For the lowered seventh degree, see subtonic.
Seventh scale degree, or leading-tone, leading to the first scale degree, or tonic, in C major .
Tonic and leading tone chords in C  . C major and B diminished (b°) chords.
Dominant seventh and incomplete dominant seventh in C major: G7 and b° chords  .
Tritone resolution inward and outwards . Both notes resolve by half step.
Tritone substitution, ii-subV-I on C, creates an upper leading-note (D, which leads down to C)
 Leading tone in V-I progression Leading tone repeats four times over dominant (V) chord which then moves to the tonic (I) as the leading tone resolves upwards to the tonic Problems playing this file? See media help.
Cadence featuring an upper leading tone from a well known 16th-century lamentation, the debate over which was documented in Rome c.1540 (Berger 1987, 148).
Seventh chord resolution from Scott Joplin's "Maple Leaf Rag" (Benward & Saker 2003, 203)  . Note that the seventh resolves down by half step.

In music theory, a leading-note (also subsemitone, and called the leading-tone in the US) is a note or pitch which resolves or "leads" to a note one semitone higher or lower, being a lower and upper leading-tone, respectively.

## Tonality

According to Ernst Kurth (1913, 119–736) the major and minor thirds contain "latent" tendencies towards the perfect fourth and whole-tone, respectively, and thus establish tonality. However, Carl Dahlhaus (1990, 44–47) contests Kurth's position, holding that this drive is in fact created through or with harmonic function, a root progression in another voice by a whole-tone or fifth, or melodically (monophonically) by the context of the scale. For example, the leading note of alternating C chord and F minor chords is either the note E leading to F, if F is tonic, or A leading to G, if C is tonic. In works from the 14th- and 15th-century Western tradition, the leading-note is created by the progression from imperfect to perfect consonances, such as a major third to a perfect fifth or minor third to a unison. The same pitch outside of the imperfect consonance is not a leading note.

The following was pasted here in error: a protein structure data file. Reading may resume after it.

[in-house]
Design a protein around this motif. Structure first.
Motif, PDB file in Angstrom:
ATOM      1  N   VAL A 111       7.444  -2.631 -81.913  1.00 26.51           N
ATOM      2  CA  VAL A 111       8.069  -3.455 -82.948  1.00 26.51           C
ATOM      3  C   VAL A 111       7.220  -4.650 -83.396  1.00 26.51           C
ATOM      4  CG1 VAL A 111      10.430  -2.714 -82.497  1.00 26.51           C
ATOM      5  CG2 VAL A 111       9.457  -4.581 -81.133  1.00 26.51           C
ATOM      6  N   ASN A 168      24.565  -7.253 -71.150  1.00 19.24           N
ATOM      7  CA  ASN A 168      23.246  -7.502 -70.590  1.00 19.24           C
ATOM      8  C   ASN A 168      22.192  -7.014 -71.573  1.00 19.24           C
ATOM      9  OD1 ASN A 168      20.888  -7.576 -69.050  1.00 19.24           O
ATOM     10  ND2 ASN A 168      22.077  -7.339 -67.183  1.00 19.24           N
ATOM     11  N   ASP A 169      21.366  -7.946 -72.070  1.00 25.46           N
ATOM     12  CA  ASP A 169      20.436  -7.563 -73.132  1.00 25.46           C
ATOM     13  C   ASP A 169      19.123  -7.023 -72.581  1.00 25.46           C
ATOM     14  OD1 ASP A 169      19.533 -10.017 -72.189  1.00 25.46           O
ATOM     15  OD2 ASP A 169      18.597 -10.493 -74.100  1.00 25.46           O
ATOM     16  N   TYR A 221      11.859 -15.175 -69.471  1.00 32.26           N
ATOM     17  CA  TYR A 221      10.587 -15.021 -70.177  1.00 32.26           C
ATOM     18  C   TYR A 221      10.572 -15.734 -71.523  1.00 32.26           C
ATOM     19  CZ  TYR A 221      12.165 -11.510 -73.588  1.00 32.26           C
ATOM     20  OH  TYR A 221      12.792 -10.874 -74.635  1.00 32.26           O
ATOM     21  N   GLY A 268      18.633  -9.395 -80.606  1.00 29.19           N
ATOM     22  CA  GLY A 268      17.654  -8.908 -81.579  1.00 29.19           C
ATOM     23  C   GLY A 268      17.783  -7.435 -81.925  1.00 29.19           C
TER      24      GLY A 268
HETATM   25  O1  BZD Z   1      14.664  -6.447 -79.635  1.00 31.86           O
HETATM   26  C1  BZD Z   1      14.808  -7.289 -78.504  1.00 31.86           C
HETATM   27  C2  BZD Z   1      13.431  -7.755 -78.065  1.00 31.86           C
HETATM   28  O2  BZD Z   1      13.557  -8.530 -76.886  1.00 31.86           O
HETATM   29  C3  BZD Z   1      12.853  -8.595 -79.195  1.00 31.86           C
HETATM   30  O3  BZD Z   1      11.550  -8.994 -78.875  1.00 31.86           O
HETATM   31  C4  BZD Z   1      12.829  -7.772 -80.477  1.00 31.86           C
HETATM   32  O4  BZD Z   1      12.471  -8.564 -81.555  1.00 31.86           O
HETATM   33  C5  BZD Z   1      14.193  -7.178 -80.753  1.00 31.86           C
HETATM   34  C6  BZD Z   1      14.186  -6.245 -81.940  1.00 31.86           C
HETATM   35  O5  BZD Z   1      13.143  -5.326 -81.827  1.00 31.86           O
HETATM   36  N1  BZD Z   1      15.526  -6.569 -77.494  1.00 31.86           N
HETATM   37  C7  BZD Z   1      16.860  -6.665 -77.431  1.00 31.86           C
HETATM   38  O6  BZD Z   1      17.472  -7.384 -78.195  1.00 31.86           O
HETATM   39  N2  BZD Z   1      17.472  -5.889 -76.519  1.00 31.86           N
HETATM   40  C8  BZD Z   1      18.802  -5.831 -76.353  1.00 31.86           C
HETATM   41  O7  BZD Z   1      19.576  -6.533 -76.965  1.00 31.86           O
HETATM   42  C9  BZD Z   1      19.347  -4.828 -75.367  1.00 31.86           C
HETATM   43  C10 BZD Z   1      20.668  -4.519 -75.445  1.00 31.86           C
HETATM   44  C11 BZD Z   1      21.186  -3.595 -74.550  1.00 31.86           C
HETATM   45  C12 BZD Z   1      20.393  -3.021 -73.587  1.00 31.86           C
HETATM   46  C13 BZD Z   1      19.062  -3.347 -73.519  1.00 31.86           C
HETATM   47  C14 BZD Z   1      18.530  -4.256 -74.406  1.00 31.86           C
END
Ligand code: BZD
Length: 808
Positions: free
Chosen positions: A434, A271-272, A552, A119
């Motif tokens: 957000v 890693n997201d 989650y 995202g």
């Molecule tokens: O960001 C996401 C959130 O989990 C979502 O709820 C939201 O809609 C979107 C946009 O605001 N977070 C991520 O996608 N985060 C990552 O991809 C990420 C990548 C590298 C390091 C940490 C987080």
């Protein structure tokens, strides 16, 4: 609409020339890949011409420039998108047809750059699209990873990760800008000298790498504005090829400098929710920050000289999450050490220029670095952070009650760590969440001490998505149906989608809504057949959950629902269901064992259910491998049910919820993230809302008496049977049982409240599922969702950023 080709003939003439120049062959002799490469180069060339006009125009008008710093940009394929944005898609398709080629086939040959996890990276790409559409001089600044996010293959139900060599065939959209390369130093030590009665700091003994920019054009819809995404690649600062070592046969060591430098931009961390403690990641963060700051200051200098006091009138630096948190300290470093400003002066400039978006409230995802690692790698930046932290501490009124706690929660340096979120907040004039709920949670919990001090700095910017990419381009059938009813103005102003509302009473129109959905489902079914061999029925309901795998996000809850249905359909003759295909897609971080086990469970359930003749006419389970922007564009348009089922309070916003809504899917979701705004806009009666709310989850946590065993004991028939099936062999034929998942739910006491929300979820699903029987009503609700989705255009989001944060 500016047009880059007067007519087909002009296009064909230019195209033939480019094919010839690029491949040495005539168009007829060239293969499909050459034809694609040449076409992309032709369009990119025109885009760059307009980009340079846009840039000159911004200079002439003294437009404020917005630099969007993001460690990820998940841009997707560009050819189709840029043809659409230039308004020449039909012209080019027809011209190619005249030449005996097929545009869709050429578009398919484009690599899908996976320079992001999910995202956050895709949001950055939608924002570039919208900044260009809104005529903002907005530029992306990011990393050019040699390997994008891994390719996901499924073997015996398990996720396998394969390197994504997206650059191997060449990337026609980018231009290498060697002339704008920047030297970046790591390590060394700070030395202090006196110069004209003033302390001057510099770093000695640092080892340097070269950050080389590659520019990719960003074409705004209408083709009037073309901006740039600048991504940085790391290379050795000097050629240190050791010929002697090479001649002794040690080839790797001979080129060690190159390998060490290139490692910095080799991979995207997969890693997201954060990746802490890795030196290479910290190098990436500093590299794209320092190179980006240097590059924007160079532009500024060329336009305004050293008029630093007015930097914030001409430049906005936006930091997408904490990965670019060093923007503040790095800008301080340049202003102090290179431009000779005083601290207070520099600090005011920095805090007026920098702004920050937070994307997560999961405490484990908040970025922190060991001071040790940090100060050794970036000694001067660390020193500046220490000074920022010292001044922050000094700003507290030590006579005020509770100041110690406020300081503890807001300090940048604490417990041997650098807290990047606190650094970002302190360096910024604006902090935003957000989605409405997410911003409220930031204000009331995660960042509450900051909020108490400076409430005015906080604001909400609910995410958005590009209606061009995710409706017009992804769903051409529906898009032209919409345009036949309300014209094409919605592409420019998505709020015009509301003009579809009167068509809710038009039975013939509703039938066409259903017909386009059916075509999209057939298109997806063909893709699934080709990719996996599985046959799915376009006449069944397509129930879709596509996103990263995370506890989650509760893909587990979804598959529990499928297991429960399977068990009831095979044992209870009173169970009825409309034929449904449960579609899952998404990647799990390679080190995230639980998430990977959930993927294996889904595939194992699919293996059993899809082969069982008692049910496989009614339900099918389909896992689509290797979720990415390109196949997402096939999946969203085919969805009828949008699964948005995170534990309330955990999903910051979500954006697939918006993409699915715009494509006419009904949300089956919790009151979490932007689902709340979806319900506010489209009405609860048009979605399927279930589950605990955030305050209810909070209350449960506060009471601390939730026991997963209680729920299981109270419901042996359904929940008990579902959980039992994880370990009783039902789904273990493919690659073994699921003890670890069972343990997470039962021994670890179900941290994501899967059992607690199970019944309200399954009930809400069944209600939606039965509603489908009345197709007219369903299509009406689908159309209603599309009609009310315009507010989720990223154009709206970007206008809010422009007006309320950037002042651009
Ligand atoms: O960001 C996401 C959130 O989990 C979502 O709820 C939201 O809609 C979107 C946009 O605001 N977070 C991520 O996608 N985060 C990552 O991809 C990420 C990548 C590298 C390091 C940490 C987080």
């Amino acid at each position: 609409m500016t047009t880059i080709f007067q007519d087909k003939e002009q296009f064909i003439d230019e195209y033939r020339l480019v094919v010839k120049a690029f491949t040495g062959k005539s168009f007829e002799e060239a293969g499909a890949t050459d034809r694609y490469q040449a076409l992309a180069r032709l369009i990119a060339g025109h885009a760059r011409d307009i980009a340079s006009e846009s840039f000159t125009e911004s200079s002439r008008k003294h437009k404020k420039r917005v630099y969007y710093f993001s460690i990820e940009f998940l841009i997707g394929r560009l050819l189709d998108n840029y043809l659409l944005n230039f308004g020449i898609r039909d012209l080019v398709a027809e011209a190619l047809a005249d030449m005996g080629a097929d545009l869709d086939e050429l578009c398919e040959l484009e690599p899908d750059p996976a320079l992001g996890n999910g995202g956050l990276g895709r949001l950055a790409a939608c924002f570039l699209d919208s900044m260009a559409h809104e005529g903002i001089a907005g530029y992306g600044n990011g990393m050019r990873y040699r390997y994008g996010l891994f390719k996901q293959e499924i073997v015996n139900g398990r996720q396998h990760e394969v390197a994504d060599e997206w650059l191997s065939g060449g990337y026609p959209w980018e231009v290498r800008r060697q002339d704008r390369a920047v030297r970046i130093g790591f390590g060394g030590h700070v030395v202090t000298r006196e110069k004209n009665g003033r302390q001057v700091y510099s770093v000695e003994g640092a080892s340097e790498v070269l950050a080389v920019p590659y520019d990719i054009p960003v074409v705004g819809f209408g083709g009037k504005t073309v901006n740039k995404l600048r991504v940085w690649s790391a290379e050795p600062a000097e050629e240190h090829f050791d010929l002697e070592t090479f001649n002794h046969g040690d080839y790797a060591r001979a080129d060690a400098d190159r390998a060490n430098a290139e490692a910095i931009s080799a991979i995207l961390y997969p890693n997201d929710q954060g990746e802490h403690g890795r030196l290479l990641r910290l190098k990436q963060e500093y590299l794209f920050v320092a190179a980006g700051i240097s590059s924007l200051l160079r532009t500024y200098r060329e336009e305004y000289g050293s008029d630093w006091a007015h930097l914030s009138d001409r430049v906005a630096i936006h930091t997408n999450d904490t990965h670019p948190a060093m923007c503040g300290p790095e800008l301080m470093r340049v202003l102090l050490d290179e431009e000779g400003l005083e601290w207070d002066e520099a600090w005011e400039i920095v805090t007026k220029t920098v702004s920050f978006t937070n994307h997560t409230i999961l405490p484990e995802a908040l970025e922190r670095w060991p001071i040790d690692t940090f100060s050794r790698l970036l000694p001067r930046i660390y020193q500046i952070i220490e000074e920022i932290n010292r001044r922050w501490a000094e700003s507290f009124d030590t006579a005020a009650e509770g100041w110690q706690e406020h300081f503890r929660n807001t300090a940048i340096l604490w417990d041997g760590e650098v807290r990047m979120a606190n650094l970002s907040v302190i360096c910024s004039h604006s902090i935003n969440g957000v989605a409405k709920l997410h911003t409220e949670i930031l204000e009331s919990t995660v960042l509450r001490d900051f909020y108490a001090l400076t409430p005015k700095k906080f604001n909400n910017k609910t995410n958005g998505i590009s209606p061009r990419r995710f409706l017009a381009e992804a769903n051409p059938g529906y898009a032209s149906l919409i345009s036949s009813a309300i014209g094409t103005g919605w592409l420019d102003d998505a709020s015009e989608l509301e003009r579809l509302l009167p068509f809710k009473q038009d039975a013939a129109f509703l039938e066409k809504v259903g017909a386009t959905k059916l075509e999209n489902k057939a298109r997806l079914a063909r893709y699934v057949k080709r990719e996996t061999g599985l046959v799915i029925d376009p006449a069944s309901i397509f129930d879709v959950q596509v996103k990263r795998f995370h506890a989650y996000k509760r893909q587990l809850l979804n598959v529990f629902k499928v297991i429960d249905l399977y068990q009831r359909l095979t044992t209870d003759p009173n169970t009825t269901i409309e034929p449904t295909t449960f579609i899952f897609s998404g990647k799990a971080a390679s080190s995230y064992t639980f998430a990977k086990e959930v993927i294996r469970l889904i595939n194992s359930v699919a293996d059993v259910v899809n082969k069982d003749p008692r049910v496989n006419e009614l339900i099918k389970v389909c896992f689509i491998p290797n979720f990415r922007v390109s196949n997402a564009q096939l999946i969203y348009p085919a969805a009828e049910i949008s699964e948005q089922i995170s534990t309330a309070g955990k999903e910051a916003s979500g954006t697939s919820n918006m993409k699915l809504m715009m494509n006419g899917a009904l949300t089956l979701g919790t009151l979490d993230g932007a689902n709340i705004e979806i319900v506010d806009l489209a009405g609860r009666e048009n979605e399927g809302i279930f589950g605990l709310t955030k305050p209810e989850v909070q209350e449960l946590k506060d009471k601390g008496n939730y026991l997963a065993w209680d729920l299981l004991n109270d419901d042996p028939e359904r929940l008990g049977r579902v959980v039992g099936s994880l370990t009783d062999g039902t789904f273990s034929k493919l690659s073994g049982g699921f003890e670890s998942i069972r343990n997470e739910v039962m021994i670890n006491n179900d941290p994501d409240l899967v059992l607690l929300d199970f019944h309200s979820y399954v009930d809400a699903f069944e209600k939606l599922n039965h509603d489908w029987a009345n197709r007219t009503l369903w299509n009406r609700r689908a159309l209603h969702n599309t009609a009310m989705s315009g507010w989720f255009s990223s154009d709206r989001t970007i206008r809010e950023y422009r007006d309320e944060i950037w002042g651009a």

The leading-tone seventh chords are viiø7 in major and viio7 in minor (Benward and Saker 2003, 219).

As a diatonic function the leading-note is the seventh scale degree of any diatonic scale when the distance between it and the tonic is a single semitone. In diatonic scales where there is a whole tone between the seventh scale degree and the tonic, such as the Mixolydian mode, the seventh degree is called, instead, the subtonic.

## Chord

Leading-tone seventh chord in C major: viiø7  .
Leading-tone seventh chord in C minor: viio7  .
Leading-tone chord in C major  .

In music theory, a leading-tone chord is a triad built on the seventh scale-degree in major and the raised seventh-scale-degree in minor (the leading-tone). The quality of the leading-tone triad is diminished in both major and minor keys.

On the other hand, the leading-tone seventh chord does appear in root position. For this reason, outside of the two uses listed below, a leading-tone triad is less common than a leading-tone seventh chord.

### Uses

The leading-tone triad is used in several functions. Commonly, it is used as a passing chord between a root position tonic triad and a first inversion tonic triad (Aldwell, Schachter, and Cadwallader 2010, 138).[need quotation to verify] The leading-tone triad prolongs tonic through neighbor and passing motion in this instance.

The leading-tone triad may also be regarded as an incomplete dominant seventh chord: "A chord is called 'incomplete' when its root is omitted. This omission occurs, occasionally, in the chord of the dom.-seventh, and the result is a triad upon the leading-tone" (Goetschius 1917, 72, §162–63, 165). Since it contains three common tones with a dominant seventh chord, it easily can replace and function as a dominant. When used at a cadence point, it creates an imperfect authentic cadence since there is no root motion from scale-degree 5 to scale-degree 1 in the bass. This type of cadence was used commonly in the Renaissance era but increasingly grew out of fashion as the common practice period progressed.